Then, at the very least, we’d be able to appreciate the humor of Stan Hochman’s column on Tuesday in the Philadelphia Daily News. He recalled that the baseball clubs fielded by the Philadelphia Phillies in the 1970s used the phrase “Yes, We Can” to inspire themselves, and that the phrase made it into use in various ads for the team.
He notes one-time second baseman Dave Cash claims never to have gotten a penny for the phrase (which Cash claims to have started), but now jokingly gives Obama “permission” to use the Phillies phrase.
I’D HATE TO think anyone would take this piece seriously, only because that reduces the phrase and its meaning to a line of trivial dreck, no better than the Chicago White Sox of 2005 – which took that old song by the band Journey and made a motivational cry out of “Don’t Stop Believin’.”
I don’t want to see Chavez/Obama reduced to the same level, because I still want to wretch every time I think of the White Sox’ use of the song. It ruined an otherwise perfect World Series.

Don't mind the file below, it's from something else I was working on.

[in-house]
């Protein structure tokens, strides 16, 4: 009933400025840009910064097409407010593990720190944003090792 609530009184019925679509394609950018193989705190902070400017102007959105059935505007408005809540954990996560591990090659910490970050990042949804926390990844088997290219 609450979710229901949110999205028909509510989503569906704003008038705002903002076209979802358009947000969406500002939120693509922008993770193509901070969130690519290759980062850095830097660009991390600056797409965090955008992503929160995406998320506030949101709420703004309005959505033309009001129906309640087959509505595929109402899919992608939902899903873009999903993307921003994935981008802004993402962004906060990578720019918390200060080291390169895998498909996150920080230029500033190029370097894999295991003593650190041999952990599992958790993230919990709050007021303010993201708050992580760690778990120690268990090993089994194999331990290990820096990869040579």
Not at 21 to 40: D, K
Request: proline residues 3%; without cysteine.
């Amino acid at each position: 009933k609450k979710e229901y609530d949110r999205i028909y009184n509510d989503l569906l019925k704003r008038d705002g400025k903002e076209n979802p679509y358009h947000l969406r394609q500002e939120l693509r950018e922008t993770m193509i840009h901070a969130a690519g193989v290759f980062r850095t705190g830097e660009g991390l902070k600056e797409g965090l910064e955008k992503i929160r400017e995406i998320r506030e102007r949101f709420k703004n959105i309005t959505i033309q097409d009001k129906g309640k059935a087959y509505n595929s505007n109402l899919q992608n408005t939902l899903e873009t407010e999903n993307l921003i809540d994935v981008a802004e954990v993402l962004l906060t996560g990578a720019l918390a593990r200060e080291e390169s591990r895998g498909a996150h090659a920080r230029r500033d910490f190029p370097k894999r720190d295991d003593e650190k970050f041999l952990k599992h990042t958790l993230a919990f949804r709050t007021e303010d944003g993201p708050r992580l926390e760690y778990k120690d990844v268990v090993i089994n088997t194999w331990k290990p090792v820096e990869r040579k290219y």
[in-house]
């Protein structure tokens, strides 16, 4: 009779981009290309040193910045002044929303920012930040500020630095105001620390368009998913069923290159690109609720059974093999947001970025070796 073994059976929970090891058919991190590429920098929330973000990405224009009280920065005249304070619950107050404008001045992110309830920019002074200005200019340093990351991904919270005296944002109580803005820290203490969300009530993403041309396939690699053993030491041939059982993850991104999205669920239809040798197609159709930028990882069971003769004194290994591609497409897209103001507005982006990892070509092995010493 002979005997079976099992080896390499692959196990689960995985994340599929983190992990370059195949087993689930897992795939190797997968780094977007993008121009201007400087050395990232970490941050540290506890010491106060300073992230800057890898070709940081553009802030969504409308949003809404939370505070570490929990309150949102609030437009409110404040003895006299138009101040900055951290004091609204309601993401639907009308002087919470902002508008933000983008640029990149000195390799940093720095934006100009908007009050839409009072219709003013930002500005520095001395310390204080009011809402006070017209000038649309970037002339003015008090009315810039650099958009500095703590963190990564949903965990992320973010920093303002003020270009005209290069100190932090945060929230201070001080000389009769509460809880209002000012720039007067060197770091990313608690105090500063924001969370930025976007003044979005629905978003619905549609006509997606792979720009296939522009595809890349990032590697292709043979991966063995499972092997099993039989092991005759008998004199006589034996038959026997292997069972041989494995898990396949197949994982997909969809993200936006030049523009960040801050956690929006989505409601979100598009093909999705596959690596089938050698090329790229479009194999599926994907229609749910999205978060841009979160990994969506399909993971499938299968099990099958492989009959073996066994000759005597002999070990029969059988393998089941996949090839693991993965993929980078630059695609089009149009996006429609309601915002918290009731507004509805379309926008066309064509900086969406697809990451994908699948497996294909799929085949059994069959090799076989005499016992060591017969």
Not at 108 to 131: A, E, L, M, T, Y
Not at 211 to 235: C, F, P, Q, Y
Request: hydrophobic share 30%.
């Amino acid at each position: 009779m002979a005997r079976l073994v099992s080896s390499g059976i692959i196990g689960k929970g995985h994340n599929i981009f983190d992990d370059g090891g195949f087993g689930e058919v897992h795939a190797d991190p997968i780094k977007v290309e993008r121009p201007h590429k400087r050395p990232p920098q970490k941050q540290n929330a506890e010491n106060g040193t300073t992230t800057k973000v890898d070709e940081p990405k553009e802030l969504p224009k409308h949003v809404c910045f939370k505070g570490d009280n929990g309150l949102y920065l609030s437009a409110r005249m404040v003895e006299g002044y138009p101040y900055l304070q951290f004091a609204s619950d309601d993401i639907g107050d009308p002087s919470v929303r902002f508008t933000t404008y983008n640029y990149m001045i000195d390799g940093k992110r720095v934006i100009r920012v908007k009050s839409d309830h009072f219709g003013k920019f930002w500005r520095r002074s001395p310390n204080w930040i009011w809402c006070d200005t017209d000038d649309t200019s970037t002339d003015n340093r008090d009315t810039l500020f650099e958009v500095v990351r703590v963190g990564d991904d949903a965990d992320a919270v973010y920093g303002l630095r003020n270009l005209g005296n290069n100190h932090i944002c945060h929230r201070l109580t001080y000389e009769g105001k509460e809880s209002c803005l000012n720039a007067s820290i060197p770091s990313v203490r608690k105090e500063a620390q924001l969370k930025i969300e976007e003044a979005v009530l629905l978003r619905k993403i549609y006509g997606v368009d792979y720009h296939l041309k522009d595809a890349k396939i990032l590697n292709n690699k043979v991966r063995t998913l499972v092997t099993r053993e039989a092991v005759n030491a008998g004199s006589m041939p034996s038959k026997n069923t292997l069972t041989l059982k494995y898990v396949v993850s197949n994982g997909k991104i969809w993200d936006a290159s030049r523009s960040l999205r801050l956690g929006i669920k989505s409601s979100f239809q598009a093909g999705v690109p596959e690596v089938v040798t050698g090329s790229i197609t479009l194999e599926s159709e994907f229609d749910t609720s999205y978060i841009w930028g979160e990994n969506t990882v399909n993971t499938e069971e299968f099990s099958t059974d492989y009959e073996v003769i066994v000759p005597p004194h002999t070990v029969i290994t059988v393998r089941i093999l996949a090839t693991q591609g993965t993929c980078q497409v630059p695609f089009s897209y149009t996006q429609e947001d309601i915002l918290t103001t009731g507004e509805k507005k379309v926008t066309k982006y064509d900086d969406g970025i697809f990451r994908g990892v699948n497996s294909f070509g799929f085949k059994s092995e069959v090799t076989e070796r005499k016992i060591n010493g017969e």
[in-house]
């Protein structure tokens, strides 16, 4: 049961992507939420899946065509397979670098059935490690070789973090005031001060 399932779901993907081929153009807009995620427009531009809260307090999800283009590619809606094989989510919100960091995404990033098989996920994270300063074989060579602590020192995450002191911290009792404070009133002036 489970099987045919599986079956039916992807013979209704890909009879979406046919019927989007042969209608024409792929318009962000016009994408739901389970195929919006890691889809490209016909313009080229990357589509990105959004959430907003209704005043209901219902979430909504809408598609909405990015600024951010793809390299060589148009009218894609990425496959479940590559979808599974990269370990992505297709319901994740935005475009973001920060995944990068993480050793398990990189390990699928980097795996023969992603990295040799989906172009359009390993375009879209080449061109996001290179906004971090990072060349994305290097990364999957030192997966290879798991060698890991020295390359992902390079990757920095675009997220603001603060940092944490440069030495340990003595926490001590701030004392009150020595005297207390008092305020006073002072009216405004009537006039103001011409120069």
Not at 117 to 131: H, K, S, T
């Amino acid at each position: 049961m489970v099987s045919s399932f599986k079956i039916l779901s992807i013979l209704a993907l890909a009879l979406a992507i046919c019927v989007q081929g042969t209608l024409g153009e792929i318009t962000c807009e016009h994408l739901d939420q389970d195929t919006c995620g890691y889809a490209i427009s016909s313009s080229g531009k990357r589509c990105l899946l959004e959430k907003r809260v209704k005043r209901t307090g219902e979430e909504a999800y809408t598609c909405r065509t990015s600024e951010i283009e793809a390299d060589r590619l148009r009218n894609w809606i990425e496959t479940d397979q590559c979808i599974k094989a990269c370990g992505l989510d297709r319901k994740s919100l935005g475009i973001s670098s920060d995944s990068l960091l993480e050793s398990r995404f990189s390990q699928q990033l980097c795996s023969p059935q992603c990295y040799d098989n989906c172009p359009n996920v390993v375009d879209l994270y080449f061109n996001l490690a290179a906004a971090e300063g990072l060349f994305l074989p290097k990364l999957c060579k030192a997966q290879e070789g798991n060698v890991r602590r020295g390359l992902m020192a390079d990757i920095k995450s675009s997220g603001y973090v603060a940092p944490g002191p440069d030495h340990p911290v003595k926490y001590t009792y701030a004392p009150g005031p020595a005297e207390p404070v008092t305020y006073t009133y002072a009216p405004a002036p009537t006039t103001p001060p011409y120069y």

EDITOR’S NOTES: Is the phrase “Yes, We Can” truly associated with the Philadelphia (http://www.philly.com/dailynews/sports/20080909_Stan_Hochman__Former_Phillie_Dave_Cash__Yes__Obama_can_use_my_slogan.html) Phillies’ ball clubs of the 1970s?
The phrase turned by Barack Obama into a national slogan is also the name of a San Francisco (http://www.communityhealthworks.org/yeswecan/) health clinic.
For conservative pundit Pat Buchanan, the Spanish translation “Si Se Puede” is what is wrong (http://mediamatters.org/items/200801160010) with this country today. It must be the sight of all those Latinos (http://www.alternet.org/story/34387/) refusing to be stepped all over.
More about the man (http://clnet.ucla.edu/research/chavez/) who originally came up with the phrase “Si Se Puede.” For better information, read a book, “Sal Si Puedes,” by Peter Matthiessen (http://www.amazon.com/Sal-Puedes-Escape-You-Can/dp/0520225848).